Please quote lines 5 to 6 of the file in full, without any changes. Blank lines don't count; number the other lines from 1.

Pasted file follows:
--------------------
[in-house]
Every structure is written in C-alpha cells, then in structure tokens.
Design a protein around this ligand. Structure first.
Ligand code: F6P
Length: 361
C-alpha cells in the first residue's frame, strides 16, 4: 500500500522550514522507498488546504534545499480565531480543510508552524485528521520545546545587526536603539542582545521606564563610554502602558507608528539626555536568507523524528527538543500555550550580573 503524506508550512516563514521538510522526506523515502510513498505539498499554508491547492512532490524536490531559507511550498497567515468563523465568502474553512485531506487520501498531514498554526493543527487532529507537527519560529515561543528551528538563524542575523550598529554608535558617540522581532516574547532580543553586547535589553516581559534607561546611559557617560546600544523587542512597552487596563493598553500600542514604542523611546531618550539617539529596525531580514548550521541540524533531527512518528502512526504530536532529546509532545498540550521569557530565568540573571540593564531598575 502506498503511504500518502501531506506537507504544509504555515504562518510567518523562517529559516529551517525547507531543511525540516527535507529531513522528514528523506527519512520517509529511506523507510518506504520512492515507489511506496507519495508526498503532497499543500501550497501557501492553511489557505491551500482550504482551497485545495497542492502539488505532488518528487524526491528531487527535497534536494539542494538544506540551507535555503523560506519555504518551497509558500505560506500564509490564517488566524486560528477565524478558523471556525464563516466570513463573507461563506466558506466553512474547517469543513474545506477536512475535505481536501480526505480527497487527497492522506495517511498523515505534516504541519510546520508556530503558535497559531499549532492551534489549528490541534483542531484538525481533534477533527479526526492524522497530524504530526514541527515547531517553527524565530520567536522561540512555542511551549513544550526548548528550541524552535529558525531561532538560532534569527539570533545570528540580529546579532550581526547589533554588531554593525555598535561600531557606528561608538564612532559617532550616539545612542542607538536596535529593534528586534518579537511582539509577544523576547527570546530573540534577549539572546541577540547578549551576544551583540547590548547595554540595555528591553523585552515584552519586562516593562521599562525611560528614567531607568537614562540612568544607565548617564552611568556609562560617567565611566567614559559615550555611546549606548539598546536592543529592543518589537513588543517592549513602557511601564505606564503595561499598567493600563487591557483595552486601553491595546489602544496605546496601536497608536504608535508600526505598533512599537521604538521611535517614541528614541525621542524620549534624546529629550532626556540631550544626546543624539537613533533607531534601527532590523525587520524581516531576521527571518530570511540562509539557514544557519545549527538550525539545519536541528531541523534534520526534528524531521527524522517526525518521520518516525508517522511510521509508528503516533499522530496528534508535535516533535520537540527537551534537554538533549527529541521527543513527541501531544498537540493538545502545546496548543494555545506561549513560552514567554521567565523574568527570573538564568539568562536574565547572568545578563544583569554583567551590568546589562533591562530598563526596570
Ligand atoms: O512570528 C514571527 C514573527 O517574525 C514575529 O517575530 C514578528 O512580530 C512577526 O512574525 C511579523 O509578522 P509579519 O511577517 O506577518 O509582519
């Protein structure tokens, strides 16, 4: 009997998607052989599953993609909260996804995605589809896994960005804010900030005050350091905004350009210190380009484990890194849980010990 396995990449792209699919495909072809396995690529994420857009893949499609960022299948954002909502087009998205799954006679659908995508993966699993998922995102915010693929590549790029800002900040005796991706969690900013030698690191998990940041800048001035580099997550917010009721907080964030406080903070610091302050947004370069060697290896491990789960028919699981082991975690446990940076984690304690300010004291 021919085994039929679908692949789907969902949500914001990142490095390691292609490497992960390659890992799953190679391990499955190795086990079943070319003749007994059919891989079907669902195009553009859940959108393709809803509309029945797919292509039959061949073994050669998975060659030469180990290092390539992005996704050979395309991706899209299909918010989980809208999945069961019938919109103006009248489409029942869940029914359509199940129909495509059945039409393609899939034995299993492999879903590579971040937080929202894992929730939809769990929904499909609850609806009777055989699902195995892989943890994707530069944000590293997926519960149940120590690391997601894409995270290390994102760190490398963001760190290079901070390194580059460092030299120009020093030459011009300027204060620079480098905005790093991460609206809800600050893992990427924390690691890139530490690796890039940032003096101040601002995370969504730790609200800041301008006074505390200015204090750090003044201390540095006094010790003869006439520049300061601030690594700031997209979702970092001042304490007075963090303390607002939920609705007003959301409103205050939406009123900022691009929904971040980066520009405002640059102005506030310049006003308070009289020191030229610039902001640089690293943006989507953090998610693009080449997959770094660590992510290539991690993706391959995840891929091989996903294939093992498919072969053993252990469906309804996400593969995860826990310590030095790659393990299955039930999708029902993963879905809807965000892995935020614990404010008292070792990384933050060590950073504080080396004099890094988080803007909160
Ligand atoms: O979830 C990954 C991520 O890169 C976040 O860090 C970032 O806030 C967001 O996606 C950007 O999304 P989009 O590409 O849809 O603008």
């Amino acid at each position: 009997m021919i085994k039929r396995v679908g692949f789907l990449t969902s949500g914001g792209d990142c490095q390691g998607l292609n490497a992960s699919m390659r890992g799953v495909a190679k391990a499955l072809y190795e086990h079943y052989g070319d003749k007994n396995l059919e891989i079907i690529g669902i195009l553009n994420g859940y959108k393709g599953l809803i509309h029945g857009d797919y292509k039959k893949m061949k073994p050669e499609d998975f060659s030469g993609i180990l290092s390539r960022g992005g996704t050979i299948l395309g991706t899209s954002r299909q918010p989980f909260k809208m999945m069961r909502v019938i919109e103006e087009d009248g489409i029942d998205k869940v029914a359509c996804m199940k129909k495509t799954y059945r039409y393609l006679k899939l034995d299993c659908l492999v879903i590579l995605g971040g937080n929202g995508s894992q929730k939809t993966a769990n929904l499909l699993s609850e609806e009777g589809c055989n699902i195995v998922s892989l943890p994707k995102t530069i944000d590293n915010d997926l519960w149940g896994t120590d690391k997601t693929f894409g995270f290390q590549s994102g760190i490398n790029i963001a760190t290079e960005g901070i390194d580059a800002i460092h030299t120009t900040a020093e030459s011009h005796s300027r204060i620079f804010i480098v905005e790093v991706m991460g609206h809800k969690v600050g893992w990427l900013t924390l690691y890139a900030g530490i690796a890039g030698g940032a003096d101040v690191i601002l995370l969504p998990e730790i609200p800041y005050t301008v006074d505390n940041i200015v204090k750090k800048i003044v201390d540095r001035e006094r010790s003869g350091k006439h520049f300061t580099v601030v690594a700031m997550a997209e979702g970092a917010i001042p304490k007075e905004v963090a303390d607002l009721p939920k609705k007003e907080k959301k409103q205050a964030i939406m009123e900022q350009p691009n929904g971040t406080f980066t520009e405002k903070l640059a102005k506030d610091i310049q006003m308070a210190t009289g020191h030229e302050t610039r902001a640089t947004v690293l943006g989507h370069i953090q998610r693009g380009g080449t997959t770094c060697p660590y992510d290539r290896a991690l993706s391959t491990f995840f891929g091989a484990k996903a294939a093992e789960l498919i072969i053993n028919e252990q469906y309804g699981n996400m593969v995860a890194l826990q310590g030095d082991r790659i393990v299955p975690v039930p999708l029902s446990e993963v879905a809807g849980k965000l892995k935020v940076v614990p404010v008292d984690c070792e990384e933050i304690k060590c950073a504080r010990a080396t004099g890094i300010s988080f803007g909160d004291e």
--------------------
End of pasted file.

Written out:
Length: 361
C-alpha cells in the first residue's frame, strides 16, 4: 500500500522550514522507498488546504534545499480565531480543510508552524485528521520545546545587526536603539542582545521606564563610554502602558507608528539626555536568507523524528527538543500555550550580573 503524506508550512516563514521538510522526506523515502510513498505539498499554508491547492512532490524536490531559507511550498497567515468563523465568502474553512485531506487520501498531514498554526493543527487532529507537527519560529515561543528551528538563524542575523550598529554608535558617540522581532516574547532580543553586547535589553516581559534607561546611559557617560546600544523587542512597552487596563493598553500600542514604542523611546531618550539617539529596525531580514548550521541540524533531527512518528502512526504530536532529546509532545498540550521569557530565568540573571540593564531598575 502506498503511504500518502501531506506537507504544509504555515504562518510567518523562517529559516529551517525547507531543511525540516527535507529531513522528514528523506527519512520517509529511506523507510518506504520512492515507489511506496507519495508526498503532497499543500501550497501557501492553511489557505491551500482550504482551497485545495497542492502539488505532488518528487524526491528531487527535497534536494539542494538544506540551507535555503523560506519555504518551497509558500505560506500564509490564517488566524486560528477565524478558523471556525464563516466570513463573507461563506466558506466553512474547517469543513474545506477536512475535505481536501480526505480527497487527497492522506495517511498523515505534516504541519510546520508556530503558535497559531499549532492551534489549528490541534483542531484538525481533534477533527479526526492524522497530524504530526514541527515547531517553527524565530520567536522561540512555542511551549513544550526548548528550541524552535529558525531561532538560532534569527539570533545570528540580529546579532550581526547589533554588531554593525555598535561600531557606528561608538564612532559617532550616539545612542542607538536596535529593534528586534518579537511582539509577544523576547527570546530573540534577549539572546541577540547578549551576544551583540547590548547595554540595555528591553523585552515584552519586562516593562521599562525611560528614567531607568537614562540612568544607565548617564552611568556609562560617567565611566567614559559615550555611546549606548539598546536592543529592543518589537513588543517592549513602557511601564505606564503595561499598567493600563487591557483595552486601553491595546489602544496605546496601536497608536504608535508600526505598533512599537521604538521611535517614541528614541525621542524620549534624546529629550532626556540631550544626546543624539537613533533607531534601527532590523525587520524581516531576521527571518530570511540562509539557514544557519545549527538550525539545519536541528531541523534534520526534528524531521527524522517526525518521520518516525508517522511510521509508528503516533499522530496528534508535535516533535520537540527537551534537554538533549527529541521527543513527541501531544498537540493538545502545546496548543494555545506561549513560552514567554521567565523574568527570573538564568539568562536574565547572568545578563544583569554583567551590568546589562533591562530598563526596570